Missing out on sleep can take a toll on productivity, health

MGN
Thursday, May 9, 2013 - 3:57am

Americans simply don't get enough sleep. Missing out on sleep can take a toll on your productivity and your health. The Centers for Disease Control is calling it a "Public Health Epidemic."

"I think for the most part I can't sleep myself, as easily as I used to with all the stress and with everything that goes with getting a second major," said UTEP student Ysela Rodriguez.
Many UTEP students feel the same way, especially the week of final exams.
"For me, I think it's better to get a lack of sleep but do better on the final," said UTEP student Kimberly Spear.
But the Centers for Disease Control said people who choose to forego sleep are likely to be depressed, overweight, less productive and many simply don't look as good.
The Better Sleep Council finds nearly half the people in America don't get enough sleep, but fewer than half of them take action to catch some Z's.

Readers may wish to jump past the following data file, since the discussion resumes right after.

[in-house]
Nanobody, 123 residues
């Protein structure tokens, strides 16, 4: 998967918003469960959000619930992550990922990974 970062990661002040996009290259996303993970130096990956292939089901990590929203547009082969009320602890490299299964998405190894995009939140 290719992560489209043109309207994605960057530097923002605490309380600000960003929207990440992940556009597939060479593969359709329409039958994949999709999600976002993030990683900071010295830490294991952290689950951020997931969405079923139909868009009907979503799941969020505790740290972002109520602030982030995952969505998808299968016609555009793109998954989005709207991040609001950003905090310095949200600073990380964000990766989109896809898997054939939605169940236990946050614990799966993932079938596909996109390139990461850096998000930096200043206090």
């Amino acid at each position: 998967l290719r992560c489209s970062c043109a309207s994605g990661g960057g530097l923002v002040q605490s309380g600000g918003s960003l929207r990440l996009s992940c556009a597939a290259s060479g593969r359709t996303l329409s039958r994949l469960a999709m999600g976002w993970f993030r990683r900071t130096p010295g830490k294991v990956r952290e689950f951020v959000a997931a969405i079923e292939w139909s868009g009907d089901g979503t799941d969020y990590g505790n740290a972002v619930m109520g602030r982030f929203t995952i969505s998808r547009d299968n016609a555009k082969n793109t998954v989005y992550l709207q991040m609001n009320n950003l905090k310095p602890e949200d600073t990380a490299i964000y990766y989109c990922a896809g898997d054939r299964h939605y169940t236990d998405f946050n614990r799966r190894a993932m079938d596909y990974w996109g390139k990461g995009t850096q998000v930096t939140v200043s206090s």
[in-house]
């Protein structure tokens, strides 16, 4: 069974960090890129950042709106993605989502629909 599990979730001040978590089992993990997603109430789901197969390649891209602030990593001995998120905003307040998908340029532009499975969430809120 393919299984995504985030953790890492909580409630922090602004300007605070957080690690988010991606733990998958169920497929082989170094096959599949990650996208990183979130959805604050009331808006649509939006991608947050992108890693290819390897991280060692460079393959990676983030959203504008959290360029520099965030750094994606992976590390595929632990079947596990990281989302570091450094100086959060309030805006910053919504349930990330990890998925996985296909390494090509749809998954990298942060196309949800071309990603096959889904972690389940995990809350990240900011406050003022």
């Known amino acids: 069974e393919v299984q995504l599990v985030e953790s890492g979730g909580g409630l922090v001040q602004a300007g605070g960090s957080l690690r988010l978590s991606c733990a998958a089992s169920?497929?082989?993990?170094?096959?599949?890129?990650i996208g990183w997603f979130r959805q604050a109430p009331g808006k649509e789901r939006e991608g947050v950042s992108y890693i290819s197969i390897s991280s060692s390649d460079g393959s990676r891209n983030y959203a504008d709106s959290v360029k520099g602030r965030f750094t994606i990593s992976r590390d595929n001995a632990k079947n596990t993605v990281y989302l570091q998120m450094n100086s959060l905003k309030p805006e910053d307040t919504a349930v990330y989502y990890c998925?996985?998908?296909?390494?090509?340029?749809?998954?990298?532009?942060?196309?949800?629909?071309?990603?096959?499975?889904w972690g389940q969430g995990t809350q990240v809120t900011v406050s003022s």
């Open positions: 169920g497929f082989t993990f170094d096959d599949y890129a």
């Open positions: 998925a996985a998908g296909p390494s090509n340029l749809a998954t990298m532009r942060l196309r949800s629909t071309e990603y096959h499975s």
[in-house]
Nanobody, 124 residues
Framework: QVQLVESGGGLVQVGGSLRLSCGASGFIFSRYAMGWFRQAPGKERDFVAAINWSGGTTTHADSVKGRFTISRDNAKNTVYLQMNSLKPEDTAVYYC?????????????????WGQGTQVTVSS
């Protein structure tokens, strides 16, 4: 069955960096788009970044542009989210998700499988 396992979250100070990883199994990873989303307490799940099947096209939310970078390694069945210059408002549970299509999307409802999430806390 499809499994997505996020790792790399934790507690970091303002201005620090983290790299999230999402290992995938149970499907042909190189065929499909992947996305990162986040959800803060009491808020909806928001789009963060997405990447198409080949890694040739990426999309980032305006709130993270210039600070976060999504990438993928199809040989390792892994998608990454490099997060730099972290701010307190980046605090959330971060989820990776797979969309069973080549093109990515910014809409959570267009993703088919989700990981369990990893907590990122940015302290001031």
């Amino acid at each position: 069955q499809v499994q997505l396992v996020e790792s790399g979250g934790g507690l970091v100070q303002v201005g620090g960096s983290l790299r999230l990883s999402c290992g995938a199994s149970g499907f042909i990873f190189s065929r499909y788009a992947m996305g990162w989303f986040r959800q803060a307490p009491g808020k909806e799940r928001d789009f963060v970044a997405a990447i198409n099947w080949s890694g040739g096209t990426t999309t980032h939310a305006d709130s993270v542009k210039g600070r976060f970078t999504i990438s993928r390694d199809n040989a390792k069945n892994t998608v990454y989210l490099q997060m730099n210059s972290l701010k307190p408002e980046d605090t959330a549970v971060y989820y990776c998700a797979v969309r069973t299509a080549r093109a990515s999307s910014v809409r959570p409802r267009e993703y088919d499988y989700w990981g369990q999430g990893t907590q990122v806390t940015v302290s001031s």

Eighty percent of people said they get stressed or have trouble concentrating when they're sleepy.
"In class if you're really, really sleepy, sometimes you can't really focus," said UTEP student Carlos Cobos. "In the small scale, we don't really notice it, until it actually becomes a problem."
Well it can become a big problem. A lack of sleep can contribute to memory problems, heart problems, or diabetes.
So how much sleep do we need? For kids, it's ten to 11 hours a night, teenagers should aim for eight-and-a-half hours or more and adults need seven to nine hours a night.

 

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